Review: Siddharth the Prisoner
It’s the return of the briefcase. Last seen memorably in Aamir, it makes a strong comeback in Siddharth The Prisoner — in one more double role, writes Shashi Baliga.india Updated: Apr 20, 2009 17:39 IST
Siddharth the Prisoner
Direction: Pryas Gupta
Cast: Rajat Kapoor, Sachin Naik, Praddip Sagar)
It’s the return of the briefcase. Last seen memorably in Aamir, it makes a strong comeback in Siddharth The Prisoner — in one more double role.
Briefcase 1 holds the only manuscript of a novel by writer Siddharth Roy (Rajat Kapoor). Briefcase 2 is stashed with cash entrusted to Amin Bhai (Praddip Sagar), a mafia underling. When the two get exchanged at a cybercafé, Roy lucks out. But Mohan (Sachin Naik, the Happydent model if you remember), who looks after the cybercafe, is beaten up by gangsters who are convinced he’s done the dirty on them. Then follows murder, mayhem and much, much more as Roy launches into a hunt for his manuscript and Mohan tries to get the money — and his life — back.
Problem is, Roy has other problems. His wife Maya has filed for divorce and refuses to let him meet his son Krish. He is just out of prison (don’t ask why; Pryas Gupta doesn’t tell us) and has no discernible source of income (except for the briefcase of course). And, ouch, he just missed the Booker prize with his earlier novel.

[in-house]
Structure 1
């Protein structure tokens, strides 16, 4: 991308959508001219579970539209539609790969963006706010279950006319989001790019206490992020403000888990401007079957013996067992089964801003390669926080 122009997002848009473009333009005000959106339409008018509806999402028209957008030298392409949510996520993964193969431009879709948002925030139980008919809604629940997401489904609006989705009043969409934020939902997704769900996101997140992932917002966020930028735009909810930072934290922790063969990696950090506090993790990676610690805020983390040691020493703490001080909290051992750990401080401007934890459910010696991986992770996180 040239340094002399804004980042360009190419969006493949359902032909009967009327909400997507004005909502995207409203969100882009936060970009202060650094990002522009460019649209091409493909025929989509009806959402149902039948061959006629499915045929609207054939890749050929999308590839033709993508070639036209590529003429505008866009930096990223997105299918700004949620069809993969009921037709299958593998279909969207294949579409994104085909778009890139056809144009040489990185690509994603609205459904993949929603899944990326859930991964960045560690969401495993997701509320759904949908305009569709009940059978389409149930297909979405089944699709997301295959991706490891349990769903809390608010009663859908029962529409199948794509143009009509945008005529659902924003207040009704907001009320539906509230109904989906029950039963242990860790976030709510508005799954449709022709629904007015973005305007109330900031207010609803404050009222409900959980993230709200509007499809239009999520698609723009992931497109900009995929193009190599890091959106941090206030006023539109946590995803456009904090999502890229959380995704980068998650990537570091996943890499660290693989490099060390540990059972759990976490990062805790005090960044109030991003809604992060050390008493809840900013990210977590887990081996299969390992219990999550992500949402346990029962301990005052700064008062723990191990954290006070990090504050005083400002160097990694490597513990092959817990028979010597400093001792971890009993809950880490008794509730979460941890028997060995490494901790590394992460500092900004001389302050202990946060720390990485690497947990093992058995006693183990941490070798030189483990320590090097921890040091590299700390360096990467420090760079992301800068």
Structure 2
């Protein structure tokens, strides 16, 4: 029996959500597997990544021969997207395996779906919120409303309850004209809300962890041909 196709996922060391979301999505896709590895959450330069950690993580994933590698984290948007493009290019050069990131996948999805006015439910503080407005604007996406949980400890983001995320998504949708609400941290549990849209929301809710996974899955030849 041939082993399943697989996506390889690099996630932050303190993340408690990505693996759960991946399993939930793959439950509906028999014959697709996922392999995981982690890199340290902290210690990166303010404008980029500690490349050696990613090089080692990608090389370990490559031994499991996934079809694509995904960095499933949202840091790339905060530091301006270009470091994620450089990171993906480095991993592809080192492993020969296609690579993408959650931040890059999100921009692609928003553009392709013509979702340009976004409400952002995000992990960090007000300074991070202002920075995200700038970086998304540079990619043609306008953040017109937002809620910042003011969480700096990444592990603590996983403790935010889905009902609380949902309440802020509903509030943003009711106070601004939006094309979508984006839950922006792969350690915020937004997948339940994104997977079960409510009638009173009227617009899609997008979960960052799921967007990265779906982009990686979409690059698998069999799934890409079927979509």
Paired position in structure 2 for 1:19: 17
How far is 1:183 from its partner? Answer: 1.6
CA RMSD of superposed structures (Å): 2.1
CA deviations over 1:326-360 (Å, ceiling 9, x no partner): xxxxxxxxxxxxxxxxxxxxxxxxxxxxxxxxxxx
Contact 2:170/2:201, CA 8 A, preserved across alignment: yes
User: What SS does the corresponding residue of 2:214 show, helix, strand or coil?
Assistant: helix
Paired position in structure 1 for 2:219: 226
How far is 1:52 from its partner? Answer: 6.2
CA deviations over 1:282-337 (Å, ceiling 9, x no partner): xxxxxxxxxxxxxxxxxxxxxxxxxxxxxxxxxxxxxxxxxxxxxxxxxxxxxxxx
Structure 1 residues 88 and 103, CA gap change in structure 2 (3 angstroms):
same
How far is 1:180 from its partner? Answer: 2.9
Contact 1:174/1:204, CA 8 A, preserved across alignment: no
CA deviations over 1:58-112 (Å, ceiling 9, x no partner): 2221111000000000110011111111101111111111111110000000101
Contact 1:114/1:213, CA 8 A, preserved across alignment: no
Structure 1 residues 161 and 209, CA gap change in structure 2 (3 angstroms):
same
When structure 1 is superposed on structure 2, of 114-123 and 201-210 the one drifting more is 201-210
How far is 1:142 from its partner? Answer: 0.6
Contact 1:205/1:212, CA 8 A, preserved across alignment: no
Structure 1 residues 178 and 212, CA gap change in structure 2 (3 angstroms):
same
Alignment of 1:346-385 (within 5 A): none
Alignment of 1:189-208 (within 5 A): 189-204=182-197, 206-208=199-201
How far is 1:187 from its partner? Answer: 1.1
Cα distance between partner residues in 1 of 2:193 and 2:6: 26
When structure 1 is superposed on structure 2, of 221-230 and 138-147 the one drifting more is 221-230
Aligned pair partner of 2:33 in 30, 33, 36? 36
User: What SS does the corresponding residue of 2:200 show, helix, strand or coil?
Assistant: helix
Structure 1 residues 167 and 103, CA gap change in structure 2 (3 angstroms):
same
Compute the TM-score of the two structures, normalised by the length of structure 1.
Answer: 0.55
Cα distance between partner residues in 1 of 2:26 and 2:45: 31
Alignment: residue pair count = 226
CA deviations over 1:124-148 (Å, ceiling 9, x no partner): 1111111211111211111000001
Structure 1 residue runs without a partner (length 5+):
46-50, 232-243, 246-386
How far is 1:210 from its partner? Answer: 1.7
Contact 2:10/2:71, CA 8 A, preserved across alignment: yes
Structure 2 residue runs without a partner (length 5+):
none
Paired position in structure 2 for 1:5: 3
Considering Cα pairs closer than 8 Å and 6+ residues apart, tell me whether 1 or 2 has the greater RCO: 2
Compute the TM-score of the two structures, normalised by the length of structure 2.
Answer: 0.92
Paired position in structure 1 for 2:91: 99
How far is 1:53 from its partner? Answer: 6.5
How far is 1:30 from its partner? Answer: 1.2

The last is not difficult to understand —a writer who is imbecile enough not to keep a single copy of his manuscript is an author who does not deserve the carbon-less sheets of paper that he types on.
Perhaps it’s because Gupta imprisons Roy in a permanently traumatised state. His eyes wear a haunted glaze throughout the movie, he speaks largely in monosyllables, he broods... and broods some more.
Rajat Kapoor puts in an earnest performance, given the rather monochromatic character sketch he has to work with. He has few lines, and fewer still that rise above a tormented whisper. His most animated dialogue goes “Krish! Krish!” as he looks for his son, who he has managed to lose at a railway station. You’re almost tempted to wish it were Krrish with a double ‘r’ and that some supernatural power could come to Kapoor’s rescue — and ours.
A pity, really, because this movie had the potential to be engrossing. Most of the characters ring true; some, like Krish’s nanny, are well done and the cinematography works. The background score is interesting too, though it gets monotonous after a point. Which, in fact, pretty much sums up the movie too.